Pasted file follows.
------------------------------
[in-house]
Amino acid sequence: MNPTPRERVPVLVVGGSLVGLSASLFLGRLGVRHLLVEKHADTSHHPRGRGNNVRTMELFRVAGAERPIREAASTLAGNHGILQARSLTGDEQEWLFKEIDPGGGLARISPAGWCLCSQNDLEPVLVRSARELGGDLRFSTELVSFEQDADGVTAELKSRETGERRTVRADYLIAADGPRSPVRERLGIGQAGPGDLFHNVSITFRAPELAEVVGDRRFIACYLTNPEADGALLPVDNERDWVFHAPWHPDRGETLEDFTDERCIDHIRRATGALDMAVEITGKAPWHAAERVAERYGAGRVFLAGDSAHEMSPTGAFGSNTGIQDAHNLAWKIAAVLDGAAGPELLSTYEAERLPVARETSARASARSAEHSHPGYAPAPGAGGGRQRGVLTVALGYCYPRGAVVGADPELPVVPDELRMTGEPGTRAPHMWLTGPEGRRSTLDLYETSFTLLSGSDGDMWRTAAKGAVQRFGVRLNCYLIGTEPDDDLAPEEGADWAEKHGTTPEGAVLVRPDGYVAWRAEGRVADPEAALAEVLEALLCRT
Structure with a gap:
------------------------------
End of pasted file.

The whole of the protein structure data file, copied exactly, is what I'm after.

[in-house]
Amino acid sequence: MNPTPRERVPVLVVGGSLVGLSASLFLGRLGVRHLLVEKHADTSHHPRGRGNNVRTMELFRVAGAERPIREAASTLAGNHGILQARSLTGDEQEWLFKEIDPGGGLARISPAGWCLCSQNDLEPVLVRSARELGGDLRFSTELVSFEQDADGVTAELKSRETGERRTVRADYLIAADGPRSPVRERLGIGQAGPGDLFHNVSITFRAPELAEVVGDRRFIACYLTNPEADGALLPVDNERDWVFHAPWHPDRGETLEDFTDERCIDHIRRATGALDMAVEITGKAPWHAAERVAERYGAGRVFLAGDSAHEMSPTGAFGSNTGIQDAHNLAWKIAAVLDGAAGPELLSTYEAERLPVARETSARASARSAEHSHPGYAPAPGAGGGRQRGVLTVALGYCYPRGAVVGADPELPVVPDELRMTGEPGTRAPHMWLTGPEGRRSTLDLYETSFTLLSGSDGDMWRTAAKGAVQRFGVRLNCYLIGTEPDDDLAPEEGADWAEKHGTTPEGAVLVRPDGYVAWRAEGRVADPEAALAEVLEALLCRT
Structure with a gap: